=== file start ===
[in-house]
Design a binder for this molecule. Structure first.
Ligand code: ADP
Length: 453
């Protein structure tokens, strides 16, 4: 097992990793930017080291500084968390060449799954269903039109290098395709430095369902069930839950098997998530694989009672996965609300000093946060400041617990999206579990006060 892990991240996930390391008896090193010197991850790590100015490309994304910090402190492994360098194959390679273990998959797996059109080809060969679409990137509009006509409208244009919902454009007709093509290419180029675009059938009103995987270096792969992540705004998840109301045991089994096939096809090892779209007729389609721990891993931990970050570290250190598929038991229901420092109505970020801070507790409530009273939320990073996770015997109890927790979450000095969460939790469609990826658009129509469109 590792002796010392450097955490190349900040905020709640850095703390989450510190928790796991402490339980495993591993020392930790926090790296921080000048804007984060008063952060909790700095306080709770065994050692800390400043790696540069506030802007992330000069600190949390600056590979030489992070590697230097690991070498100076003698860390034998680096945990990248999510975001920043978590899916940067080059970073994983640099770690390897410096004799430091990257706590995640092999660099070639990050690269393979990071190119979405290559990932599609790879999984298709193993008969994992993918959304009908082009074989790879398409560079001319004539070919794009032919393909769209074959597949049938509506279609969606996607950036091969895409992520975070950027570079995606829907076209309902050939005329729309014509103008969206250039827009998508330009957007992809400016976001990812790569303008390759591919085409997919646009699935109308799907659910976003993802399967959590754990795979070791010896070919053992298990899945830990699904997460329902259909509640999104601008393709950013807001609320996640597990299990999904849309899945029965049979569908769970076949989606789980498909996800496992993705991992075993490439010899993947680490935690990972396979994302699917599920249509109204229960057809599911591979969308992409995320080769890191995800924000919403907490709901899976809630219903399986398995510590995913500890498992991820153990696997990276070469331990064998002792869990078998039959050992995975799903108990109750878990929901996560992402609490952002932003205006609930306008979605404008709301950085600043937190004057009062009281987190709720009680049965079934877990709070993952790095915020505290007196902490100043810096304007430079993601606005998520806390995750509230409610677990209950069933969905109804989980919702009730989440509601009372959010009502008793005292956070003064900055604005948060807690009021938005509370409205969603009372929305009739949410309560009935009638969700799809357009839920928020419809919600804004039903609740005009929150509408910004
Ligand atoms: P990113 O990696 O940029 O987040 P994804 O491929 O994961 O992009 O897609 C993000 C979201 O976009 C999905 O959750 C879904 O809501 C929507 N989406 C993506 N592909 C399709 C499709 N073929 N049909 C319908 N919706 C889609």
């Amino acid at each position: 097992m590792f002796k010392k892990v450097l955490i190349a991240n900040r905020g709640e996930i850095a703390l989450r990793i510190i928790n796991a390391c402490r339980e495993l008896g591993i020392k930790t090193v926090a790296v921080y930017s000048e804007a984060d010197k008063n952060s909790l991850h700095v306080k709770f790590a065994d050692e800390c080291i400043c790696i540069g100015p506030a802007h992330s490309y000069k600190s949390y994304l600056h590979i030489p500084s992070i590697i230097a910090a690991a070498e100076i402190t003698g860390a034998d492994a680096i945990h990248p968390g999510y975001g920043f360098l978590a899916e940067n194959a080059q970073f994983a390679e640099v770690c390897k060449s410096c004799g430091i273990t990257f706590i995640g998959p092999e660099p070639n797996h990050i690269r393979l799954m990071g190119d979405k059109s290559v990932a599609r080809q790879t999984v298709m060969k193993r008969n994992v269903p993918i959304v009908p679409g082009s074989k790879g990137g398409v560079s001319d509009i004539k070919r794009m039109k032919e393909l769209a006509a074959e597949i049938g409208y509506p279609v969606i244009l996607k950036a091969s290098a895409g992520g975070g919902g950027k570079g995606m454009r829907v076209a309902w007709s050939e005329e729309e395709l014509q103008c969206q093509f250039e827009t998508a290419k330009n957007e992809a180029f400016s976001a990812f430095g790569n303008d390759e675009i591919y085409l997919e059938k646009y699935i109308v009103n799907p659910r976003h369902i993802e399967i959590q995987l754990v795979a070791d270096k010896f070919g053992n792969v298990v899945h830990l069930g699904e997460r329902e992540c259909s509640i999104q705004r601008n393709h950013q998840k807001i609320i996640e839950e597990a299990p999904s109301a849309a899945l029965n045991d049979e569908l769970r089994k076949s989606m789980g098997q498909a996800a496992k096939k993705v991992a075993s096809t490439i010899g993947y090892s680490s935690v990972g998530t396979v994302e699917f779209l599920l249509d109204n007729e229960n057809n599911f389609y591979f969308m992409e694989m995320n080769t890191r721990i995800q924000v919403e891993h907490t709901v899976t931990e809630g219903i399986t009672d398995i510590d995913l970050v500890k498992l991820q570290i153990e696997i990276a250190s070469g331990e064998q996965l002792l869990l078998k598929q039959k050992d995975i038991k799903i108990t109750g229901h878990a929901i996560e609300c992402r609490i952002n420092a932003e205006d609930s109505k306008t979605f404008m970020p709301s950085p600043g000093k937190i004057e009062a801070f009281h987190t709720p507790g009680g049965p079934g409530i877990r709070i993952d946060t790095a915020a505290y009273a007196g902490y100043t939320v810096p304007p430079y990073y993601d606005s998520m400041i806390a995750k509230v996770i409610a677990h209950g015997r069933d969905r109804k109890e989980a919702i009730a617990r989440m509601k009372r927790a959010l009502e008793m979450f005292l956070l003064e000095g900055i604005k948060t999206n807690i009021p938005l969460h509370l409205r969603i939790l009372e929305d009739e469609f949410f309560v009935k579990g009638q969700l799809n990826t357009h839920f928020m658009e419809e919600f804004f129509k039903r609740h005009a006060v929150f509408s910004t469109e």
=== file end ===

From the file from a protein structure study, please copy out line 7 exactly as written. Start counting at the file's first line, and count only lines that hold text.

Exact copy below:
């Amino acid at each position: 097992m590792f002796k010392k892990v450097l955490i190349a991240n900040r905020g709640e996930i850095a703390l989450r990793i510190i928790n796991a390391c402490r339980e495993l008896g591993i020392k930790t090193v926090a790296v921080y930017s000048e804007a984060d010197k008063n952060s909790l991850h700095v306080k709770f790590a065994d050692e800390c080291i400043c790696i540069g100015p506030a802007h992330s490309y000069k600190s949390y994304l600056h590979i030489p500084s992070i590697i230097a910090a690991a070498e100076i402190t003698g860390a034998d492994a680096i945990h990248p968390g999510y975001g920043f360098l978590a899916e940067n194959a080059q970073f994983a390679e640099v770690c390897k060449s410096c004799g430091i273990t990257f706590i995640g998959p092999e660099p070639n797996h990050i690269r393979l799954m990071g190119d979405k059109s290559v990932a599609r080809q790879t999984v298709m060969k193993r008969n994992v269903p993918i959304v009908p679409g082009s074989k790879g990137g398409v560079s001319d509009i004539k070919r794009m039109k032919e393909l769209a006509a074959e597949i049938g409208y509506p279609v969606i244009l996607k950036a091969s290098a895409g992520g975070g919902g950027k570079g995606m454009r829907v076209a309902w007709s050939e005329e729309e395709l014509q103008c969206q093509f250039e827009t998508a290419k330009n957007e992809a180029f400016s976001a990812f430095g790569n303008d390759e675009i591919y085409l997919e059938k646009y699935i109308v009103n799907p659910r976003h369902i993802e399967i959590q995987l754990v795979a070791d270096k010896f070919g053992n792969v298990v899945h830990l069930g699904e997460r329902e992540c259909s509640i999104q705004r601008n393709h950013q998840k807001i609320i996640e839950e597990a299990p999904s109301a849309a899945l029965n045991d049979e569908l769970r089994k076949s989606m789980g098997q498909a996800a496992k096939k993705v991992a075993s096809t490439i010899g993947y090892s680490s935690v990972g998530t396979v994302e699917f779209l599920l249509d109204n007729e229960n057809n599911f389609y591979f969308m992409e694989m995320n080769t890191r721990i995800q924000v919403e891993h907490t709901v899976t931990e809630g219903i399986t009672d398995i510590d995913l970050v500890k498992l991820q570290i153990e696997i990276a250190s070469g331990e064998q996965l002792l869990l078998k598929q039959k050992d995975i038991k799903i108990t109750g229901h878990a929901i996560e609300c992402r609490i952002n420092a932003e205006d609930s109505k306008t979605f404008m970020p709301s950085p600043g000093k937190i004057e009062a801070f009281h987190t709720p507790g009680g049965p079934g409530i877990r709070i993952d946060t790095a915020a505290y009273a007196g902490y100043t939320v810096p304007p430079y990073y993601d606005s998520m400041i806390a995750k509230v996770i409610a677990h209950g015997r069933d969905r109804k109890e989980a919702i009730a617990r989440m509601k009372r927790a959010l009502e008793m979450f005292l956070l003064e000095g900055i604005k948060t999206n807690i009021p938005l969460h509370l409205r969603i939790l009372e929305d009739e469609f949410f309560v009935k579990g009638q969700l799809n990826t357009h839920f928020m658009e419809e919600f804004f129509k039903r609740h005009a006060v929150f509408s910004t469109e």